Have you ever got drunk until you woke up in a strange place? Have you ever came to in someone else’s home, wearing someone else’s clothes, and possibly lying next to someone else you don’t remember meeting? I know I can relate to all of the above! Alcohol induced blackouts are no secret to me. I have been the guy to wake up on my neighbor’s lawn chair with sharpie tattoos and a pair of lime-green daisy-dukes with no idea how I got there. The last thing I might remember is drinking after work, not knowing when to stop, and then the blackout ruins the night for me and probably a few other people in the process.
Facts about Blackouts
Blackouts are defined as episodes of amnesia, during which individuals are able to participate in events that can be mundane, significant, or even emotionally charged but later cannot remember the events, or their involvement. They are typically expected from binge drinking or heavy drinkers, but there are actually more mild-drinking alcohol-induced memory impairments then most people believe. These periods of amnesia impair the ability to form new memories while intoxicated, but usually it does not erase or effect memories created prior to intoxication. There are two primary types of blackouts:
- En bloc blackouts- periods of time for which the person has no memory whatsoever.
- Fragmentary blackouts- periods of time the drinker’s memory is spotty, with patches of memory providing some insight into what transpired, and for which more recall is typically possible if the drinker is assisted in recalling the circumstances by others.
Alcohol Memory Impairment
Larger amounts of alcohol, especially large amounts consumed rapidly, can produce partial (Fragmentary) or complete (En bloc) blackouts; both of which are periods of lost memories relating to events that happen while a person was drinking. As the amount of alcohol consumed increases, so does the scale of the memory impairments.
The contributing factors that create alcohol–induced blackouts include disruption of activity in the Hippocampus, a brain region that plays a central role in the formation of new autobiographical memories. Alcohol abuse can interrupt healthy activity in the Hippocampus in many ways. It does so either directly, through effects on hippocampal system itself or indirectly, by interfering with interactions between the Hippocampus and other important regions of the brain.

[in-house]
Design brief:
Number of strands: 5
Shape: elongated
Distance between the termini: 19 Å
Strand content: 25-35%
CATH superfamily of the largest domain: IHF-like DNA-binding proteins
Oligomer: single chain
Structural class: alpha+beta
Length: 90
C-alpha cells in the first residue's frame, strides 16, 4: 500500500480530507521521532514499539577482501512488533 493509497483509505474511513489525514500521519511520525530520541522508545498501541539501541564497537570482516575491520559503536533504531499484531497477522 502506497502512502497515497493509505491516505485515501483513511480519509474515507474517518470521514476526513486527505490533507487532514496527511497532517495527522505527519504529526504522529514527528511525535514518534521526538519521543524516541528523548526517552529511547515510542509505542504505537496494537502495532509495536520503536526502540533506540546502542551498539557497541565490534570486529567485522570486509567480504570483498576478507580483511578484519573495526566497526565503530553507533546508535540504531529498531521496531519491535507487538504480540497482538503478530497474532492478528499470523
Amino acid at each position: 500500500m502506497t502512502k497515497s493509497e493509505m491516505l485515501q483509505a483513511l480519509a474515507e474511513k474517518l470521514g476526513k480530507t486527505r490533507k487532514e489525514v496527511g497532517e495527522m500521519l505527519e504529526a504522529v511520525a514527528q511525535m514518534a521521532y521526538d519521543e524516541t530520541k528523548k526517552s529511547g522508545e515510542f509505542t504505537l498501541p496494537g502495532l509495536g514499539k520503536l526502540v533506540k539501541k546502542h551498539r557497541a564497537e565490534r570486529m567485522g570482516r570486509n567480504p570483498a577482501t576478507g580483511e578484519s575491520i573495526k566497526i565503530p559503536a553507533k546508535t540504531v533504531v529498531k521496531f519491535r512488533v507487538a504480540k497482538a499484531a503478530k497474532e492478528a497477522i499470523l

There has been much research on alcohol-induced blackouts, and it has been noted that some people are more susceptible to memory impairment as a result of excessive drinking. It is safe to say it is not something that is exclusive to any type of drinker. If someone drinks more and more than others, they are not necessarily guaranteed to experience a blackout. Some people can drink less and still blackout.
- Blackouts are still common among social drinkers (including college drinkers), more so than was originally estimated, and individuals been found to forget events ranging from conversations to physical activities.
Stop Wasting Memories
Alcohol-induced blackouts are not a direct diagnosis of alcoholism, but they are definitely a symptom of the disease of alcoholism and a dangerous element of alcohol abuse. Not only do you run the risk of causing serious brain damage to yourself and you potential to store memories and information, but in a blackout state you are obviously impaired to the point where you could easily endanger the well-being of others around you.
Forgetting where you were and what you did last night is not as funny as some try to make it out to be. When you expect to go out and enjoy yourself and end up harming others, or yourself, or just losing any the experience all together you’re basically throwing away moments of your life. You run the risk of permanently draining your capacity to create memories, or you cut patches out of the memories you’re making and are never truly present in that experience. So you have to wonder, is it worth wasting right here right now with drinking just to not remember it tomorrow? Some people say they don’t want to remember their regrets. I can say personally I regretted more the moments I stole from myself because I was afraid to remember them.
If you or someone you love is struggling with substance abuse or addiction, please call toll-free 1-800-951-6135